Thursday, 22 Oct 2020

Places of worship slowly open up to more worshippers as Covid-19 rules eased

SINGAPORE – When the Cornerstone Community Church opens its doors on Sunday (Oct 4), around 100 worshippers will stream in to each of its auditoriums at Katong and Bugis for services.

The church is among some places of worship that started opening up to bigger groups this weekend after safe distancing rules for such venues were eased on Saturday (Oct 3).

The crowd limit has been raised to 100 people at any one time – double the previous limit in place since the circuit breaker ended in late June. Live music was also allowed at 16 faith organisations as part of a pilot programme.

Despite the green light, churches, temples, mosques and other places of worship mostly took a cautious approach, with many keeping to the lower crowd limit over the first weekend.

Worshippers also did not rush to attend services it seemed, with many still wary of crowds.

The temples in Waterloo Street, typically a hive of activity before Covid-19 hit, saw a trickle of devotees on Saturday.

Kwan Im Thong Hood Cho, the biggest temple in the area, stopped opening on weekends during the circuit breaker and remained closed.

There were no crowds at the Buddha Tooth Relic Temple in Chinatown, which was keeping to its rule of not allowing walk-in visitors.

It was one of a few religious organisations on the trial for live music, and sounds of chanting emanated from its cavernous prayer hall. But there were few people inside; only those who had made appointments were allowed in.

Businessman Adam Toh, 47, who was praying outside the temple with his sons, aged seven and three, said: “This is good enough for us. My kids are young and I am a bit uneasy about bringing them to crowded places with Covid-19 still not over.”


A devotee prays outside the Buddha Tooth Relic Temple at around 10am on Oct 3, 2020. ST PHOTO: MARK CHEONG

IT security officer Veena Govindaraj, 44, who was at Sri Krishnan Temple in Waterloo Street, said she hoped it would not get too crowded: “So far the temple is managing the crowds very well. I think as long as people follow the safe-distancing rules and wear masks, things will be okay.”

Even places of worship that did open up to more people had limited their activities given infection risks and concerns among worshippers.

Cornerstone Community Church, for instance, kept physical services to about 45 minutes compared with online ones that last over an hour. It also did not play live music or give communion.

Still, tickets for the services at both its Katong and Bugis locations were snapped up within minutes when online booking started.

Cornerstone Pastor Lim Lip Yong said: “It’s a great reprieve for people to go to church and participate in something congregational. But we understand the need to be cautious.”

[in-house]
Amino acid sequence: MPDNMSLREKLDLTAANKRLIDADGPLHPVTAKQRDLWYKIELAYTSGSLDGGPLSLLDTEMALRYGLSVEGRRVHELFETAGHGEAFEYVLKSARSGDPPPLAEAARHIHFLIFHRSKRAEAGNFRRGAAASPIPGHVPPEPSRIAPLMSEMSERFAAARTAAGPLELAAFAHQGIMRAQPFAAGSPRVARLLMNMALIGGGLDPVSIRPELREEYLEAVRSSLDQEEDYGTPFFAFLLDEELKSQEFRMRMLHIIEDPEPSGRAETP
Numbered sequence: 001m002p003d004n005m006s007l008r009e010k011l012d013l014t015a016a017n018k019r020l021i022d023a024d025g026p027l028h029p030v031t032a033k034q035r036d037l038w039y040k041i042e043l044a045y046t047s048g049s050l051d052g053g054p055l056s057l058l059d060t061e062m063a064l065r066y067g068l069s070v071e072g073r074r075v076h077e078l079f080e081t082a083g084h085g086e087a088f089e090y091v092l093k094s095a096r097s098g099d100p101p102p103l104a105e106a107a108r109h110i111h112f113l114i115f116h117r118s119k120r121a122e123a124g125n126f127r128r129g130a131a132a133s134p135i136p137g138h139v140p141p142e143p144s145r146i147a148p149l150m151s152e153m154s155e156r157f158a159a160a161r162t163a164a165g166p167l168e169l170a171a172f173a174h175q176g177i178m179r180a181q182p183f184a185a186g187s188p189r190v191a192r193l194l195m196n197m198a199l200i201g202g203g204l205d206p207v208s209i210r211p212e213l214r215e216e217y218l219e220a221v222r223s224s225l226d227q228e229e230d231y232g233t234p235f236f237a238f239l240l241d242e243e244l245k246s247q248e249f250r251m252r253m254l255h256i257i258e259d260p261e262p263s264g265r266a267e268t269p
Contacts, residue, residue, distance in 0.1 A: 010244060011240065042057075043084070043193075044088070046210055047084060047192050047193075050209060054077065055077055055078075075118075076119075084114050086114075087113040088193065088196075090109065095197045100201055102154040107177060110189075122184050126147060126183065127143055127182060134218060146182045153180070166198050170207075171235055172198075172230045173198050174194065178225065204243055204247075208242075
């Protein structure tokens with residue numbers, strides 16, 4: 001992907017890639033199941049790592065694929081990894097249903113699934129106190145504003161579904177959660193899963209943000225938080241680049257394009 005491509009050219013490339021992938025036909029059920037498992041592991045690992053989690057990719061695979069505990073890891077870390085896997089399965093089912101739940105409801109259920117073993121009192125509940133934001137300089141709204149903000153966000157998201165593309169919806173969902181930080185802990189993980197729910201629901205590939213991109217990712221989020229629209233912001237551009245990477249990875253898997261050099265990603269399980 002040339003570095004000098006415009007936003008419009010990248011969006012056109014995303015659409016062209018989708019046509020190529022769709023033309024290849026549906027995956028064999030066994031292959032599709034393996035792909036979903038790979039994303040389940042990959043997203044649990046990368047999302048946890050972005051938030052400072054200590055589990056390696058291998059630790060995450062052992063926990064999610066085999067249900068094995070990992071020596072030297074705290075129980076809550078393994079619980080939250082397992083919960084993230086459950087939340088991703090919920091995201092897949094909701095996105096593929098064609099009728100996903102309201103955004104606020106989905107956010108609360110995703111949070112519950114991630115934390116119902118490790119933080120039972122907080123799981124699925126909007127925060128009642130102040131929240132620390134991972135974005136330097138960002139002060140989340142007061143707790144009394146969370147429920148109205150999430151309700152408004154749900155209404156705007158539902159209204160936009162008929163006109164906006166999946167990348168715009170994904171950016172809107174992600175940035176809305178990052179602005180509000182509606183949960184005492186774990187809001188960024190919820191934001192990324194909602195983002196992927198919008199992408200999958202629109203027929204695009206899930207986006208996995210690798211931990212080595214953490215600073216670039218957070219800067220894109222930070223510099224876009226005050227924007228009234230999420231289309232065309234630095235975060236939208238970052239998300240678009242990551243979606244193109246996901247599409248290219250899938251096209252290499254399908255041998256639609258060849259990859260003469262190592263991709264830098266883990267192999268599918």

BW Monastery, which was also ready to receive more devotees, continued to hold off on starting chanting sessions.

These typically attract up to 300 devotees, a number that the monastery could not accommodate with safe distancing in place, said chief executive Lim Jue Meng.

“We don’t want to disappoint some of them. If we do it online everybody will get a chance to participate,” he added.

“Also, having hundreds of people chanting together will increase the risk for Covid-19 and we don’t want endanger our devotees.”

Worshippers at Sri Veeramakaliamman Temple in Little India finally got to attend prayers where live music was played. Previously these rituals had been held without devotees in attendance.


Worshippers at Sri Veeramakaliamman Temple in Little India finally got to attend prayers where live music was played. ST PHOTO: ALPHONSUS CHERN

Temple secretary R. Rajakanth said devotees who were at the temple welcomed the music: “Hinduism is not a silent religion, it is centred around music and sounds.”

The increase in crowd limits did not make much difference at Taoist temples as devotees typically visit throughout the day and do not stay long, said Taoist Federation president Tan Thiam Lye.

It is only during special occasions, such as the upcoming Nine Emperor Gods Festival, that the temples will see big crowds. Mr Tan said they were already preparing to put up tents and are recruiting volunteers to help with crowd control.

Catholic churches and mosques were among places of worship that continued to keep to the 50-person rule over the weekend.

The Catholic Church said on its website that some parishes will begin offering 100 places for Mass from Tuesday (Oct 6), “contingent on the churches having the relevant safety management plans in place”.

The Islamic Religious Council of Singapore said the number of slots available for daily congregational prayers will be increased at 19 mosques from Wednesday.

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